by G.M. Malliet
The Guardian.co.uk recently published "Ten Rules for Writing Fiction," a collection of tips from world-famous authors. The list was inspired by Elmore Leonard's rules, the most famous of which undoubtedly is "to leave out the part that readers tend to skip. "
Printed out, the advice from all the authors quoted by the Guardian came to sixteen pages. Even so, I read every word, since you never know when you're going to find that one handy tip that will catapult you onto the NYT best-seller list.
Roddy Doyle's advice, as with so much of his writing, made me smile: "Do spend a few minutes a day working on the cover biog – 'He divides his time between Kabul and Tierra del Fuego.' But then get back to work."
How did Roddy know? My aim as a writer has always been, once I've finished writing the book, of course, to be able to put something really knock-out glamorous in the bio or biog on the book's cover. I remember being much taken with the bio of Martha Grimes that appeared on many of her books over the years, to the effect that she divides her time between Washington, D.C., and Santa Fe, New Mexico. How great is that? That's exactly what I always wanted to do. Then Martha apparently sold the place in Santa Fe, because it disappeared from her bio. To say "she lives near Washington, D.C.," while somewhat interesting, is just not the same. I mean, I could do that.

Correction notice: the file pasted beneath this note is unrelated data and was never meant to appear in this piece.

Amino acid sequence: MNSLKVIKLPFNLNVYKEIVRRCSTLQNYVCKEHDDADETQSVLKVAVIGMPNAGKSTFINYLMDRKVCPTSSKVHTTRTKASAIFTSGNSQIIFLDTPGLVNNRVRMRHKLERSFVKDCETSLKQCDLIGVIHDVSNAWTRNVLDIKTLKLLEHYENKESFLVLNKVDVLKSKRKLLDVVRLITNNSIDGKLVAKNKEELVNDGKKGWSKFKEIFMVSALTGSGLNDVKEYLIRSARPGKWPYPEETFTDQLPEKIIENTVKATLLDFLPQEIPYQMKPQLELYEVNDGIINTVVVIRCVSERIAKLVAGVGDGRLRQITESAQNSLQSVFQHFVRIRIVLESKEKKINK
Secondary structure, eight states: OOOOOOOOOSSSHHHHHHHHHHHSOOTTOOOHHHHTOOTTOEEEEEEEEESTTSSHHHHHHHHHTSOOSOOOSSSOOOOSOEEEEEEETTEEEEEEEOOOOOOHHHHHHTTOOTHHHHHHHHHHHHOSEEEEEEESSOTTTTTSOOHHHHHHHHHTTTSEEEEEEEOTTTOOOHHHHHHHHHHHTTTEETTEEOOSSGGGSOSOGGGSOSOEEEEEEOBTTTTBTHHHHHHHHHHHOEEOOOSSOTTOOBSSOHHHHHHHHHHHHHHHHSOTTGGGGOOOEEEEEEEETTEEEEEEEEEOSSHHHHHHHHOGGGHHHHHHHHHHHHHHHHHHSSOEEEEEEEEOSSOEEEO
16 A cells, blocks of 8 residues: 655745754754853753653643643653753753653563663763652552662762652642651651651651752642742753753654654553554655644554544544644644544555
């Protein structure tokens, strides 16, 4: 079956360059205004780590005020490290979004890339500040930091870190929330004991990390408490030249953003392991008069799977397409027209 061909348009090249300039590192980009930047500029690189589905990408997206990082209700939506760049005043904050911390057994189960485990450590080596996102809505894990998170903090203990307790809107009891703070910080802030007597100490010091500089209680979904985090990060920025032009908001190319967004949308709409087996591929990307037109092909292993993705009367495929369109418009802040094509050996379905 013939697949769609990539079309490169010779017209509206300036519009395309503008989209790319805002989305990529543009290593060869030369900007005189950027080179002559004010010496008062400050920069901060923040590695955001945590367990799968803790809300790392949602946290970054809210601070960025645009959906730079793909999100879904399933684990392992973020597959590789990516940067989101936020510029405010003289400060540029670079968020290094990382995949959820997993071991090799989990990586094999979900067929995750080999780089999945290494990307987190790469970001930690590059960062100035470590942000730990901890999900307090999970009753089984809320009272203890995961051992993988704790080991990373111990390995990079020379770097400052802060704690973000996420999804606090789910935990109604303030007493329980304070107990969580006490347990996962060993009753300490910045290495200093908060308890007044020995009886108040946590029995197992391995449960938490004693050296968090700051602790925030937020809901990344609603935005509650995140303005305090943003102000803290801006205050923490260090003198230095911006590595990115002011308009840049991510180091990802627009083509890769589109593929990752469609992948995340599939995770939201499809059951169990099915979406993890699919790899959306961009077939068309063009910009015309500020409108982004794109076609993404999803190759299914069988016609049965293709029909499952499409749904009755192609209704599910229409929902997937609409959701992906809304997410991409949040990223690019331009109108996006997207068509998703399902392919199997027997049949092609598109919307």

There's also the awe-inspiring bio: "When not rappelling down a mountain in the Swiss Alps, advising heads of state on foreign policy, or discovering new sources of green energy, Famous Author can be found doing volunteer work in one of the dozens of hospital orphanages he's founded worldwide. A Nobel Prize nominee, he was recently cited by President Sarkozy for service to humanity."
You know the kind of thing. The kind of bio that can't possibly be true and still allow the guy time to write blockbuster novels, but somehow is true.
As long as I'm dreaming, though, I think I would rather go with the lazy bio - the achievable bio, as it were: "She divides her time between Seattle and Provence." Or Aspen and Edinburgh. Costa Rica and the Caribbean? Or Tuscany and...but Roddy's right. If I get back to work now, maybe one day...
My first book, Death of a Cozy Writer, has been translated into French (Mort d'un écrivain bien installé) - I've just received my copies in the mail. It's also available for pre-order at Amazon.fr. So I'm undating my bio to say I'm an international author. Still working on the "divides her time" bit.
Image of Provence from Telegraph.co.uk.